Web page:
Holidays, Family and Adoption:
Special Handling Needed

by Barbara Free, M.A., LPCC

     The holidays bring up lots of tender feelings and delicate situations for most people. Dealing with extended Families, spouses’ families, and others, often requires some negotiation. When adoption is thrown into the mix, especially in reunited families, it becomes even more complicated.
     Many of us have a vision of the “perfect” Christmas, with everyone joyously relating to everyone else, seeing each other just the right amount of time, giving and receiving the perfect gifts, everyone being able to afford the money and time required for this perfect season, all with no disappointments, no hurt feelings, and no weight-gain. We may even wish for snow and warm weather at the same time! It is hard to bear in mind that our personal vision of this “perfect” holiday season nay be drastically different from some other family members’ visions. Some may want as many people around as possible, a marathon of entertaining, food, and gifts, while someone else may want a quiet time with very few people, little contact, and very simple gifts or even none. The difficult part is, we tend to make assumptions that others want the same things we want, without openly discussing everyone’s preferences and needs. As complicated as this may be within a family unit consisting of a couple and their young offspring, the usual situation is far more complex—grandparents, in-laws, friends, and for those of us with adoption connections, there may be both birth and adoptive families for one or more spouse, parent, offspring, etc.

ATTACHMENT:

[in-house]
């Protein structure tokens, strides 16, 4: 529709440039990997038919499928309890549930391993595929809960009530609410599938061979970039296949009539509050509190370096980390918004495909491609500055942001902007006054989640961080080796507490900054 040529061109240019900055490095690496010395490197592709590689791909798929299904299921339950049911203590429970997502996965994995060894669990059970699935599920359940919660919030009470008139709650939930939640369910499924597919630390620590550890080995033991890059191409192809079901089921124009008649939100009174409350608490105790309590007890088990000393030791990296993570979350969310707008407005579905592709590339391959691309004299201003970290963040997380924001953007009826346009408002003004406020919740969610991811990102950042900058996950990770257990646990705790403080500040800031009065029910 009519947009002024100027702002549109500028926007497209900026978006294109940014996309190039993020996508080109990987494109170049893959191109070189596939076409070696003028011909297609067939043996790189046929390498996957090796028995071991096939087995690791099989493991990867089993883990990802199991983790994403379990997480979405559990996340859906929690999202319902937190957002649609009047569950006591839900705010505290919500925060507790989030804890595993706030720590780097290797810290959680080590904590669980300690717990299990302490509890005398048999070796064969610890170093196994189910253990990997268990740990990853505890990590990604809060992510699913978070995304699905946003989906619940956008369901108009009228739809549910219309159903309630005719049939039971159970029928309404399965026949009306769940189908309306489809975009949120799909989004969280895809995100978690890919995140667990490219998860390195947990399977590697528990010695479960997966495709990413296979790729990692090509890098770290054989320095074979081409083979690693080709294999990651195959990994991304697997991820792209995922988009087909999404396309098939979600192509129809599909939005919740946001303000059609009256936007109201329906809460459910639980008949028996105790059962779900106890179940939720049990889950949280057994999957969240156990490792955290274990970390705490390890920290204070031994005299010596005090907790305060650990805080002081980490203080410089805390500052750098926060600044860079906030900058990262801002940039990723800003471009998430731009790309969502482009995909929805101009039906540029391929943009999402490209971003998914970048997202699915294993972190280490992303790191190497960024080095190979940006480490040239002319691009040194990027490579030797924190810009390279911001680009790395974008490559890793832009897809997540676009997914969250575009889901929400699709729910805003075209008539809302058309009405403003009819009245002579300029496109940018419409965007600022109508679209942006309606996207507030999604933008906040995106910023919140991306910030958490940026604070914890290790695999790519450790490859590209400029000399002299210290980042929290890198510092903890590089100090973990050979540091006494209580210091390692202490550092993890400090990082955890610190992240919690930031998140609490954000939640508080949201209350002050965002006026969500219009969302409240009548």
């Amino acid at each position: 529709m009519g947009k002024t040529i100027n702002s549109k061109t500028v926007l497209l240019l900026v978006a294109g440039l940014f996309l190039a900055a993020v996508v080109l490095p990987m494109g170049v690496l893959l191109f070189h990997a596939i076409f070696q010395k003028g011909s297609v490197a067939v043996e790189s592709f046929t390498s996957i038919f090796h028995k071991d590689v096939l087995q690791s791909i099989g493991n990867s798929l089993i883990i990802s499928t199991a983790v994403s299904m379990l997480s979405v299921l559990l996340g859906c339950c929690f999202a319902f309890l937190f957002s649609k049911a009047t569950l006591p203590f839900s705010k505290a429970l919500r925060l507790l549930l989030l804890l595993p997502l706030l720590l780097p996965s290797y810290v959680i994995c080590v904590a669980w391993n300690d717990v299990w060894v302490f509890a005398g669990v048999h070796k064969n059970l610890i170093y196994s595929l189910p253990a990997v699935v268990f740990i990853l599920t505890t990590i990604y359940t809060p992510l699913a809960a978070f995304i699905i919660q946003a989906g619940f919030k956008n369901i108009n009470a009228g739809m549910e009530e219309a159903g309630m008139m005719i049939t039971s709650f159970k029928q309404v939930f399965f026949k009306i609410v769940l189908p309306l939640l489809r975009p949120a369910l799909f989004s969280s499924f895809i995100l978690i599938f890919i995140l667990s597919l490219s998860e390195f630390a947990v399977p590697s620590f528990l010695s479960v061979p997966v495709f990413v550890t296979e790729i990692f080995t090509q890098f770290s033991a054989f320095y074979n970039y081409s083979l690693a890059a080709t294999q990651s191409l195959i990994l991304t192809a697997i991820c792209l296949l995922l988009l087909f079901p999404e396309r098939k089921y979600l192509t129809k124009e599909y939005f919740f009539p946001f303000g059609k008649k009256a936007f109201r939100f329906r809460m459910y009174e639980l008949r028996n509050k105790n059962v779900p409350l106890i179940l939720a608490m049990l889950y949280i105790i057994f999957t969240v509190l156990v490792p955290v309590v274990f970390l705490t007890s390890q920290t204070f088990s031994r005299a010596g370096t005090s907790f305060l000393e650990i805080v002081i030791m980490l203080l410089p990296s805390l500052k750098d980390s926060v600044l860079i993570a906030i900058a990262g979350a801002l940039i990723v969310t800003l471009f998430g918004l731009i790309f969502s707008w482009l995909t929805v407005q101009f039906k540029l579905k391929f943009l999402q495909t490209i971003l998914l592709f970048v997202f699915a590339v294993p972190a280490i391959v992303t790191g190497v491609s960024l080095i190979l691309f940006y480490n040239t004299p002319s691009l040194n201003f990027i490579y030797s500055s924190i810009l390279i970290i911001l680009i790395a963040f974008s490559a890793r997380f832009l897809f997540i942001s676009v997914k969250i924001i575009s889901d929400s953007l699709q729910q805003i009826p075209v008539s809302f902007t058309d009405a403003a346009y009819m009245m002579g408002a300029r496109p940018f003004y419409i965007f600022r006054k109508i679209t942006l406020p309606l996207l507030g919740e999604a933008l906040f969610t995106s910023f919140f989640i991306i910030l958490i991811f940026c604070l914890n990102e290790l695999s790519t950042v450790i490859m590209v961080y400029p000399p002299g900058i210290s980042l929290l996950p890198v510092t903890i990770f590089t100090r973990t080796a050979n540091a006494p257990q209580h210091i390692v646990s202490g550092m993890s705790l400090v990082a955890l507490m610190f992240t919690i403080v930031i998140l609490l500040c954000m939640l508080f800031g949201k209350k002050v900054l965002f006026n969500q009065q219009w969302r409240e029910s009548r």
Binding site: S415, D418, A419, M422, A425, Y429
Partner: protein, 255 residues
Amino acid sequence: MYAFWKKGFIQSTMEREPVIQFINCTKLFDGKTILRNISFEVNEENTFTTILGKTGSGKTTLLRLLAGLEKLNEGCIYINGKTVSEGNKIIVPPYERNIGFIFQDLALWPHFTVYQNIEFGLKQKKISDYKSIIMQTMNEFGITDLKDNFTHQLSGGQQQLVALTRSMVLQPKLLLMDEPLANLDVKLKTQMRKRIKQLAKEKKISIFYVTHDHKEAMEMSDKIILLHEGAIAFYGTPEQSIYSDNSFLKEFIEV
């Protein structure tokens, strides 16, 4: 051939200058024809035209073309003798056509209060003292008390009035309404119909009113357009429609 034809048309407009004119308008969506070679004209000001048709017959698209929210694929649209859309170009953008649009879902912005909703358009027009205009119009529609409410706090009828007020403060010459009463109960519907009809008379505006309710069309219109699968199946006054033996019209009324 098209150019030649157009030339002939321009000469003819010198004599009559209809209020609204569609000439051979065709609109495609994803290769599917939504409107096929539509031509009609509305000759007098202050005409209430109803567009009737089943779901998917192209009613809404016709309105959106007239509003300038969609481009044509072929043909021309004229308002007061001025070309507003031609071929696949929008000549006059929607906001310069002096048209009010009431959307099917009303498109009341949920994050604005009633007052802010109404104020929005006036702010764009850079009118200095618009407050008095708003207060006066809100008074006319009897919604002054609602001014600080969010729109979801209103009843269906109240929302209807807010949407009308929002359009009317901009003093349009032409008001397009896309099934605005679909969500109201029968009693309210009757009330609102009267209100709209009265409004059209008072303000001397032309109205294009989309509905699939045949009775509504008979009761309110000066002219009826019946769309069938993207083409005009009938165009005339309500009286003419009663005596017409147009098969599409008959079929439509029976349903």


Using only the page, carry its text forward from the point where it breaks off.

Suppose, for instance, two adoptees marry each other, and at some point, both locate birth families and are reunited. Birth parents may have spouses, too, so the adoptees may now have up to three sets of parents each! Their children could have six or eight sets of grandparents, step-grandparents, assorted aunts, uncles, cousins, and so on. All of these people probably do not live in the same town,; so visiting may involve travel, too, but most of all, it involves a lot of juggling of schedules, priorities, and feelings. Adult adoptees may feel torn in several directions, overwhelmed by the sheer numbers of family members, not to mention the pull of various loyalties. Adoptive parents, particularly in the first years after reunion, may have fears that they will no longer be important to the adoptee, and may be protective of the details of traditions with which the adoptee was raised. Birth parents, who may have yearned for many years for holidays with their relinquished offspring, may want to acquaint the adoptee with their customs, and may want to have a Christmas with their child, complete with childhood toys, even though that son or daughter is no longer a child. The adoptee may also want this, or may feel embarrassed or threatened by the birth parent’s desire to recreate the childhood they didn’t share. Adoptive parents also may resent this, interpreting it as a message that their adoptee somehow missed out on some part of childhood.